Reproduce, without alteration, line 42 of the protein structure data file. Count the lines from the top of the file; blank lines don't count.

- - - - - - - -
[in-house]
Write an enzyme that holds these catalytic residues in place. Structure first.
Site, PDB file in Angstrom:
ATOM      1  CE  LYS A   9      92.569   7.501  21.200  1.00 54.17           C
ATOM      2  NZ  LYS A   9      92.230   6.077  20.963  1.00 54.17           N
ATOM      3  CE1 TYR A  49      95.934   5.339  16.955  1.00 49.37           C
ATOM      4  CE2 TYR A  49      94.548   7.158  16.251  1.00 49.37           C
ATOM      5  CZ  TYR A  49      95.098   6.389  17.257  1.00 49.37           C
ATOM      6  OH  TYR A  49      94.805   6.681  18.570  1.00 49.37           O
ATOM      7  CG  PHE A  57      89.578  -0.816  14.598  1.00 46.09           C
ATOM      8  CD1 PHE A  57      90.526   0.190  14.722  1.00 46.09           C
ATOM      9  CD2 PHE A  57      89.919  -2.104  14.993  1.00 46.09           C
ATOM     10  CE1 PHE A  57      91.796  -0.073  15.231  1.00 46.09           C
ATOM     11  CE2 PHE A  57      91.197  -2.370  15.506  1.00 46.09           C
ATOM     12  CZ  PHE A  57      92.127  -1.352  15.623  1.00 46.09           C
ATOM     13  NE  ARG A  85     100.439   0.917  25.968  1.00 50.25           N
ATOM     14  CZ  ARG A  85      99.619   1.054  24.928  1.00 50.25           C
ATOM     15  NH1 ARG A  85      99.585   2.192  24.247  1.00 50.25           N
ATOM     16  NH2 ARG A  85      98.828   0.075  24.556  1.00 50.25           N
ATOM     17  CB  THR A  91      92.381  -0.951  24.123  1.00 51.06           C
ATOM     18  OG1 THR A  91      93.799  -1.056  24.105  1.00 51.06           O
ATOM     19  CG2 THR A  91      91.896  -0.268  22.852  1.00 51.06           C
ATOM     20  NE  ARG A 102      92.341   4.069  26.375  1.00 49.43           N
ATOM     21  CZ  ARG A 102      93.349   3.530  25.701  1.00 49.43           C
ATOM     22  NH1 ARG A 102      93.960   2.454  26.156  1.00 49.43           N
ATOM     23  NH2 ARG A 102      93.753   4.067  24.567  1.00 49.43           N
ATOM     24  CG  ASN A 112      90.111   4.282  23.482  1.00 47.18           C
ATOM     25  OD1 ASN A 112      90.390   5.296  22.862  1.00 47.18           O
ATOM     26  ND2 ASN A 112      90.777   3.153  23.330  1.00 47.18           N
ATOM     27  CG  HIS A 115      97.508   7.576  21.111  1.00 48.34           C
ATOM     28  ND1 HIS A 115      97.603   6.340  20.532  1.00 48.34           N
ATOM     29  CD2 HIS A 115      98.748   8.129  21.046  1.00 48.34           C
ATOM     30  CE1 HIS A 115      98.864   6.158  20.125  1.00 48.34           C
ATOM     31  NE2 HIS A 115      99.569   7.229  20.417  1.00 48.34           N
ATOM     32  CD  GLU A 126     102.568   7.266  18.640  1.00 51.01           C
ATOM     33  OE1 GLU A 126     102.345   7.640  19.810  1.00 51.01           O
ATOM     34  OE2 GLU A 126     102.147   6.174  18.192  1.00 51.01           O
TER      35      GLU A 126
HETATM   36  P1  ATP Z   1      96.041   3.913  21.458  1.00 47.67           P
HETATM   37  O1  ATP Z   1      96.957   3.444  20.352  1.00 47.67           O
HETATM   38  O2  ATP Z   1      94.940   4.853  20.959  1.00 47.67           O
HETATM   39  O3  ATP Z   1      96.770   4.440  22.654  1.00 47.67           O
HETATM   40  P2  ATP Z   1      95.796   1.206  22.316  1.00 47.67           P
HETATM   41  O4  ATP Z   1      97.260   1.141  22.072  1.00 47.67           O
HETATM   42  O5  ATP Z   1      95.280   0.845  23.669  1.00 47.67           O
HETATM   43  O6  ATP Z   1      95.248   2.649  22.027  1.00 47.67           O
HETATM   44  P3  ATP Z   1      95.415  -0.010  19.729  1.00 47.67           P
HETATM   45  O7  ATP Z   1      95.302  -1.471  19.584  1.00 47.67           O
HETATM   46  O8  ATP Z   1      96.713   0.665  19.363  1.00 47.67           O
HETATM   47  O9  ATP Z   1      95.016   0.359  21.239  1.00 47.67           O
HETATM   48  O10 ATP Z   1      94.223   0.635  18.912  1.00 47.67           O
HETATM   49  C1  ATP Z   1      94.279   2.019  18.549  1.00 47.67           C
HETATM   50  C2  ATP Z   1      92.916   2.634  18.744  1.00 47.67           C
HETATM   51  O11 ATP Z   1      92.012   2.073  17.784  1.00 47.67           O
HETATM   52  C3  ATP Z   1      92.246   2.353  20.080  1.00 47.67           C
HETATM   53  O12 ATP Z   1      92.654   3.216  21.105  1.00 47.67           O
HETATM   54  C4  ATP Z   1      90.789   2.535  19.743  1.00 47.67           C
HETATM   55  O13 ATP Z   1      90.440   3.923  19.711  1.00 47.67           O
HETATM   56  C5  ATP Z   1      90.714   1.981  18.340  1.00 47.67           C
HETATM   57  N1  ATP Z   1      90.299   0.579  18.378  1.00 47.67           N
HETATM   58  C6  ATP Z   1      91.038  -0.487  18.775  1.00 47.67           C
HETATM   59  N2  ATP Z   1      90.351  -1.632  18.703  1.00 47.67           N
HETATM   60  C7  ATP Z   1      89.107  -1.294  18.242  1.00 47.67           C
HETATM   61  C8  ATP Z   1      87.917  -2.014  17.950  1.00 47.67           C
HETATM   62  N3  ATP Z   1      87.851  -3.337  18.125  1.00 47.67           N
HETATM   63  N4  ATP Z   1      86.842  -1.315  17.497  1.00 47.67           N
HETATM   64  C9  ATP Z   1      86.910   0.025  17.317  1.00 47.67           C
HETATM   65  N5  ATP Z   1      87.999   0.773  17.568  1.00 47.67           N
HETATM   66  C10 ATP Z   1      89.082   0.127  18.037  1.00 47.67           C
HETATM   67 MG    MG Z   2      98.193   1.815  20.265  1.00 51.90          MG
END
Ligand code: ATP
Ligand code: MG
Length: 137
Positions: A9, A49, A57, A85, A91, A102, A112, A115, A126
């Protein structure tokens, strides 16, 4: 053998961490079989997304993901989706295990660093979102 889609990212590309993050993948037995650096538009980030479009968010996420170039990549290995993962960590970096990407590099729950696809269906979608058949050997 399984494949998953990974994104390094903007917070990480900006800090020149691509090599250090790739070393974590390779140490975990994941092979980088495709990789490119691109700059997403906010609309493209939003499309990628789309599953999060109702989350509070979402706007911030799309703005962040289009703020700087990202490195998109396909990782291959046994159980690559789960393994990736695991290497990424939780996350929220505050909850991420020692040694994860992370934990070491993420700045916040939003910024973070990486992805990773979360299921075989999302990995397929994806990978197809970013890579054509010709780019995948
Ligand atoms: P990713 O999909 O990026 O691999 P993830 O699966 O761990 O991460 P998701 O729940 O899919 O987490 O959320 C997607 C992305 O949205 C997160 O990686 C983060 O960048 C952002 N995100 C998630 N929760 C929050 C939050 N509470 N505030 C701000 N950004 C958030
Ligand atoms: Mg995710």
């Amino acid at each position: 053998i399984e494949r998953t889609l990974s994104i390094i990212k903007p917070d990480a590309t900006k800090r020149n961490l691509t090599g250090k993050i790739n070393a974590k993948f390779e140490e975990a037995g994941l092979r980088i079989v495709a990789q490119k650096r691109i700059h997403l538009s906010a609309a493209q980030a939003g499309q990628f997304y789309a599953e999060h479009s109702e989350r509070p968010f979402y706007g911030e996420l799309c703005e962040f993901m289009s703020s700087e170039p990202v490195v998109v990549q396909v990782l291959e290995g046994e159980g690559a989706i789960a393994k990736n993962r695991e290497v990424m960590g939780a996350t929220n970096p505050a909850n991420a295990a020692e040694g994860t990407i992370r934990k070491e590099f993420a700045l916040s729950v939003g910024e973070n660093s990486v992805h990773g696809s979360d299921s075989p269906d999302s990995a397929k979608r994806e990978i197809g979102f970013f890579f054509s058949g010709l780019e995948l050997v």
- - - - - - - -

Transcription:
HETATM   39  O3  ATP Z   1      96.770   4.440  22.654  1.00 47.67           O